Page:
Justices Rule Against Bush on Death Penalty Case
WASHINGTON — In a death-penalty case that has become an international issue, the Supreme Court declared on Tuesday that President Bush had no power to tell the State of Texas to reopen the case of a Mexican who has been condemned for murder and rape.
By 6 to 3, the court ruled that the president went too far in 2005, when he decreed that the states had to abide by a 2004 decision by the World Court. That decision found that several dozen Mexican citizens who had been sentenced to death in the United States had not been given the assistance from Mexican diplomats that they were entitled to receive under an international treaty.
The center of the dispute is Jose E. Medellin, now 33, a onetime gang member in Houston who took part in the rape and slaying of two teenaged girls on June 24, 1993. The victims were abused for an hour, then killed to prevent them from identifying their tormentors. Mr. Medellin strangled one girl with her shoelaces, the trial revealed.
He was arrested five days later, and signed a confession after being given his Miranda rights. Crucially, however, the law enforcement authorities neglected to tell him of his right under the Vienna Convention to notify Mexican diplomats of his detention.
Mr. Medellin’s conviction and sentence were upheld in the Texas courts despite the 2004 finding by the World Court, and the Supreme Court concluded on Tuesday that President Bush had no authority to order the state courts to reverse themselves, no matter what the World Court said.
Writing for the majority, Chief Justice John G. Roberts Jr. said that neither the defendant nor his supporters “have identified a single nation that treats I.C.J. judgments as binding in domestic courts.” (The World Court is formally known as the International Court of Justice.)
The Supreme Court ruling acknowledged that President Bush, in pressing Texas to take another look at the Medellin case, was acting on behalf of the “plainly compelling interests” of fostering observance of the Vienna Convention and trying to maintain good relations with other countries.
However, the ruling added, “The president’s authority to act, as with the exercise of any governmental power, ‘must stem either from an act of Congress or from the Constitution itself.’ ” The language cited was from a 1952 ruling in which the high court found that President Harry S. Truman did not have the authority to have the federal government seize and run steel mills.
The issue of capital punishment has divided the United States from many other countries, including long-time allies, who have outlawed the death penalty. The Medellin case has the potential to be a particularly divisive issue between the United States and Mexico.
It is not entirely clear what will happen next, although Roe Wilson, a prosecutor in Houston, told The Associated Press on Tuesday that her office would seek an execution date. Texas has executed far more prisoners in recent decades than any other state.
“It was a heinous murder of two young girls who were only 14 and 16,” Ms. Wilson said. “It’s certainly time the case be resolved and the sentence be carried out.”
A sixth justice, John Paul Stevens, concurred in the overall judgment, but wrote separately to strongly urge the Texas authorities to review Mr. Medellin’s case anyway, acting on their own authority rather than at the president’s behest. “Texas’s duty in this respect is all the greater since it was Texas that — by failing to provide consular notice in accordance with the Vienna Convention — ensnared the United States in the current controversy,” Justice Stevens wrote.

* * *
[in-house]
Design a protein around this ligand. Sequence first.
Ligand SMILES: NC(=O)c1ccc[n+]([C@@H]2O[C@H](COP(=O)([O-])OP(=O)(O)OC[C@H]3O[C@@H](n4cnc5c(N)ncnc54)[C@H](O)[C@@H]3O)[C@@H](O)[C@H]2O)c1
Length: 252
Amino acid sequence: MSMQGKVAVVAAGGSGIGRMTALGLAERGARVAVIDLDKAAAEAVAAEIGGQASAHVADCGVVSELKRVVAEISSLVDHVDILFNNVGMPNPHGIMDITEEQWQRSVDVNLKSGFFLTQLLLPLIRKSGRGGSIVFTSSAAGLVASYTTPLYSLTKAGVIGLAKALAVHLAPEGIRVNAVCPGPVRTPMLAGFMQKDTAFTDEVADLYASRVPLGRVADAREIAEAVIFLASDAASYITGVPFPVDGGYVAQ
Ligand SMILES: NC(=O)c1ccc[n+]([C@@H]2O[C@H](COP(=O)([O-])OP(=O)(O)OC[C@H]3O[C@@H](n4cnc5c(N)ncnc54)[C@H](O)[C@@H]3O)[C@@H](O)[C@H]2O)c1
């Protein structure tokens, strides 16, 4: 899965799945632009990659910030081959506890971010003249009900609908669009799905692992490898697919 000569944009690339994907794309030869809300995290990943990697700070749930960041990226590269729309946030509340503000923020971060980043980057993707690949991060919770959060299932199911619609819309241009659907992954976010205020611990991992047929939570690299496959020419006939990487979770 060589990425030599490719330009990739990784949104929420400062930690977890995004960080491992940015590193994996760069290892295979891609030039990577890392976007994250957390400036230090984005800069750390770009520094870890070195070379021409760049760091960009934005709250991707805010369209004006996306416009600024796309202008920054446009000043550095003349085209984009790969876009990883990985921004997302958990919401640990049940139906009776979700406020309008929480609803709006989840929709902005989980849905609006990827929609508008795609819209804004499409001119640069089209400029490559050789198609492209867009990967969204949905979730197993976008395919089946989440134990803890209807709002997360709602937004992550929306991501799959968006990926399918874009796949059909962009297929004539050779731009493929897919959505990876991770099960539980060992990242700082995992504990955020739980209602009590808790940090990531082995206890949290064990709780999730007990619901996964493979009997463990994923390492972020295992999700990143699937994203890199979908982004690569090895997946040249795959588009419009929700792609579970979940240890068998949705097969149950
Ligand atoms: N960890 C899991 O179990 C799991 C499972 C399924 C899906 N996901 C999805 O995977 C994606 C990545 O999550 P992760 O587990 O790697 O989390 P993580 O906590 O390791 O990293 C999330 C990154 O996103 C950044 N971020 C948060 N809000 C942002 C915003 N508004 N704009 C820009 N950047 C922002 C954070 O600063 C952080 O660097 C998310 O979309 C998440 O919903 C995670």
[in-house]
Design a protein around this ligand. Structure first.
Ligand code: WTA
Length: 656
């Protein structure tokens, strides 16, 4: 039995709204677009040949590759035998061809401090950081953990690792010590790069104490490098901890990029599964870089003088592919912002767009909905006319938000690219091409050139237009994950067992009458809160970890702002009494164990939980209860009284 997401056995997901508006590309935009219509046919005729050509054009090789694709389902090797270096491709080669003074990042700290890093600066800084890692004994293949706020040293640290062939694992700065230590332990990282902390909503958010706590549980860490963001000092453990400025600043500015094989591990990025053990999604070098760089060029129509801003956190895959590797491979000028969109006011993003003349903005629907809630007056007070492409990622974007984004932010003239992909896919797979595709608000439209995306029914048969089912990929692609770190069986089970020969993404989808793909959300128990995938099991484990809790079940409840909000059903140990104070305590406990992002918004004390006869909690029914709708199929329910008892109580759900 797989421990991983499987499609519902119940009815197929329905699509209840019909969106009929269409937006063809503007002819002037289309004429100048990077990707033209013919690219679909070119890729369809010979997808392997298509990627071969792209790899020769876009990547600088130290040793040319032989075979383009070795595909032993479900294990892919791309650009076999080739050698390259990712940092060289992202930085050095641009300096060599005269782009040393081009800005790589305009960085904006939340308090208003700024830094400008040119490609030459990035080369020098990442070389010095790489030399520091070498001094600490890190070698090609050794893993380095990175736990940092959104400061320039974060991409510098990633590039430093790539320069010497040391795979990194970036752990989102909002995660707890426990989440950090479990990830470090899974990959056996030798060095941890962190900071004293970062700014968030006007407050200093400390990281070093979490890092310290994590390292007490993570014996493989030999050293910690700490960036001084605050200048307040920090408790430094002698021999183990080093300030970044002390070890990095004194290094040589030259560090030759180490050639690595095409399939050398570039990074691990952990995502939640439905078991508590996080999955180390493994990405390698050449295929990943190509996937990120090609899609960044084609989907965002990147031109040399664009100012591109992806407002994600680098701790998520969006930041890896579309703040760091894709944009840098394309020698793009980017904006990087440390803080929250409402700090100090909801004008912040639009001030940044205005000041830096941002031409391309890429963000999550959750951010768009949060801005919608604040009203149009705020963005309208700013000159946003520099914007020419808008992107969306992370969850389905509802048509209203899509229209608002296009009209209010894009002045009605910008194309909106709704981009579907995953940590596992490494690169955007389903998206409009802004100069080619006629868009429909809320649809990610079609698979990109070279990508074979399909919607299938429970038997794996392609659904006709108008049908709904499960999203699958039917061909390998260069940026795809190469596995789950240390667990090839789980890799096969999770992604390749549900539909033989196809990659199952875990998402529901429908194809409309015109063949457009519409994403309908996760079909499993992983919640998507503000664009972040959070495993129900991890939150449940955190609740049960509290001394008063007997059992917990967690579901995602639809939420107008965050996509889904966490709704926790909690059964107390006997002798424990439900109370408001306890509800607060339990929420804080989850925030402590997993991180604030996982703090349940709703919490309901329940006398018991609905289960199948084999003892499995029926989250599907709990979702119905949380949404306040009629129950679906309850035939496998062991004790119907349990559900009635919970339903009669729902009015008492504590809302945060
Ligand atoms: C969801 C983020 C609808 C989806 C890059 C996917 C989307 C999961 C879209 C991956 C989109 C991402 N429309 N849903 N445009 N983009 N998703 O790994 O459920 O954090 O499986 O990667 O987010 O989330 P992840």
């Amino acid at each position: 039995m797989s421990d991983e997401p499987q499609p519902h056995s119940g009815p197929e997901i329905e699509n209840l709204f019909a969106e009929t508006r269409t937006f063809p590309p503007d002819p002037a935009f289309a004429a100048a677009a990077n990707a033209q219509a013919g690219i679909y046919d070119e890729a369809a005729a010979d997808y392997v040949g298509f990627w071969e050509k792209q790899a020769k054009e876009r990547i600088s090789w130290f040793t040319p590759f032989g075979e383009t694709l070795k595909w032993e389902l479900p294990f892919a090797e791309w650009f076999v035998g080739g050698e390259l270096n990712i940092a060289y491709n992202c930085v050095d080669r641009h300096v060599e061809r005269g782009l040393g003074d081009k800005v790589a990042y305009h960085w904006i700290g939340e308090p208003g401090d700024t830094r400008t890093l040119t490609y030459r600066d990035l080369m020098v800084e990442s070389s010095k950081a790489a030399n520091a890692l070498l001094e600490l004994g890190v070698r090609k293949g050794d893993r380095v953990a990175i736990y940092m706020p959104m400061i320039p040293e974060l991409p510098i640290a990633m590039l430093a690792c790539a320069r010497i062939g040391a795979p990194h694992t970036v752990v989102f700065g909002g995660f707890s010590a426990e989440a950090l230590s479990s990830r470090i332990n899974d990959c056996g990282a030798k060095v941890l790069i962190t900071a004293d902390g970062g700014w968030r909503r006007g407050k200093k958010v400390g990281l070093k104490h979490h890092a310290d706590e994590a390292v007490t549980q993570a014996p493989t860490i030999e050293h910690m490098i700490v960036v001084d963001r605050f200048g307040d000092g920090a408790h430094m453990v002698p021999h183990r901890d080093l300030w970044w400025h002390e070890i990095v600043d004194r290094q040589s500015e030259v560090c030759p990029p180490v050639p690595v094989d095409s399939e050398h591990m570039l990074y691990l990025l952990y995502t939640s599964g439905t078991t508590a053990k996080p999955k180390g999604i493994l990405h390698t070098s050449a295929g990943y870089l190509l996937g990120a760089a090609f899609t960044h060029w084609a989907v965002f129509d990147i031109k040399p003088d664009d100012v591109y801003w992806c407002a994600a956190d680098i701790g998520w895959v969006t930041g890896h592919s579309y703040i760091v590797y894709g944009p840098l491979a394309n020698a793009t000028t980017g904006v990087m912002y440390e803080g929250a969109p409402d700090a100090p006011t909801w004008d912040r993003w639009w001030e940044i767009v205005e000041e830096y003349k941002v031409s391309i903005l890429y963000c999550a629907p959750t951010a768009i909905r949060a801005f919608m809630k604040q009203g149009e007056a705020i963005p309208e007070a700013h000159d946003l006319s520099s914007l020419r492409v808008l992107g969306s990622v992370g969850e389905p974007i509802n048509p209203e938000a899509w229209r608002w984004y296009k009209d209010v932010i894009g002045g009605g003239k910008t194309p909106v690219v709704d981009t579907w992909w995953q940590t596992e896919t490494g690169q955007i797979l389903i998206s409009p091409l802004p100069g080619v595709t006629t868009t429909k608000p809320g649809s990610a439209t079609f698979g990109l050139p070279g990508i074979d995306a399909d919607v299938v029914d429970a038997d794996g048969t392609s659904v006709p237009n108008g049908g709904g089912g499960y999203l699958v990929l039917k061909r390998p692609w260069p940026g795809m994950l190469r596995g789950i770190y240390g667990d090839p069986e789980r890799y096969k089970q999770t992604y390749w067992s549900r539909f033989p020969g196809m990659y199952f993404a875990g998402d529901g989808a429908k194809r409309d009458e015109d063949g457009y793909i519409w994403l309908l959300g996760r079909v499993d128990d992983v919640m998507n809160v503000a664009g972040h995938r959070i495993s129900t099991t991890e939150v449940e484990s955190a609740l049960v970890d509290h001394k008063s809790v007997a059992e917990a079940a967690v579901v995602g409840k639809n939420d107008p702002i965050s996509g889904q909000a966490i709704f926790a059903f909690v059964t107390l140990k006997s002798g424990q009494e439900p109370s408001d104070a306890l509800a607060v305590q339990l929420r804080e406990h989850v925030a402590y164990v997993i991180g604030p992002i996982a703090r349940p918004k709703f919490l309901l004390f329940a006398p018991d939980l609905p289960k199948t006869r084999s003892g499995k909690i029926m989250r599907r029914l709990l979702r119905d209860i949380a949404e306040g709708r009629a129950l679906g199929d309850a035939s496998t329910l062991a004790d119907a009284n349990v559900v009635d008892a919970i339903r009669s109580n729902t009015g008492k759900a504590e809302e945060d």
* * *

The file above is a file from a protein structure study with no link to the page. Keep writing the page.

Justice Stephen G. Breyer wrote a dissent that was joined by Justices David H. Souter and Ruth Bader Ginsburg. Congress has done nothing to suggest that it disagreed with President Bush’s stand, the dissent asserted.
The majority’s conclusion, the dissenters said, “erects legalistic hurdles that can threaten the application of provisions in many existing commercial and other treaties and make it more difficult to negotiate new ones.”
The case has put President Bush in an odd position. As governor of Texas in the 1990’s, he declined to intervene in dozens of executions. As president, Mr. Bush initially objected to the lawsuit Mexico filed before the World Court that led to that tribunal’s 2004 decision.
But in 2005, the White House announced that it would abide by the World Court’s ruling and would instruct the states to reconsider the convictions and sentences of Mexican nationals on death row. The Texas courts refused to go along, however.
When the case was argued before the Supreme Court on Oct. 10, R. Ted Cruz, the Texas solicitor general, argued that the president had gone beyond his authority, and that if he wanted to enforce the World Court’s judgment, he should have asked Congress for authorization to do so.
“In over 200 years of our nation’s history, I’m not aware of any other directive from the president directly to the state courts and state judges,” Mr. Cruz said, in a presentation that the majority found persuasive.
The Criminal Justice Legal Foundation, a California-based organization that lobbies for victims’ rights and had filed a friend-of-the-court brief on behalf of the family of one of the murdered girls, was pleased by the Supreme Court decision. “This brutal murderer had already received all the process he is due,” said the organization’s legal director, Kent Scheidegger. “It is high time that justice was carried out in this case.”
But the People for the American Way Foundation had an opposite reaction. “This deeply troubling opinion is a reminder of how much the Supreme Court has changed during the Bush administration, and how important future nominations to the Court will be,” said the group’s president, Kathryn Kolbert. “Our individual rights and respect on the world stage depend on the future makeup of the court.”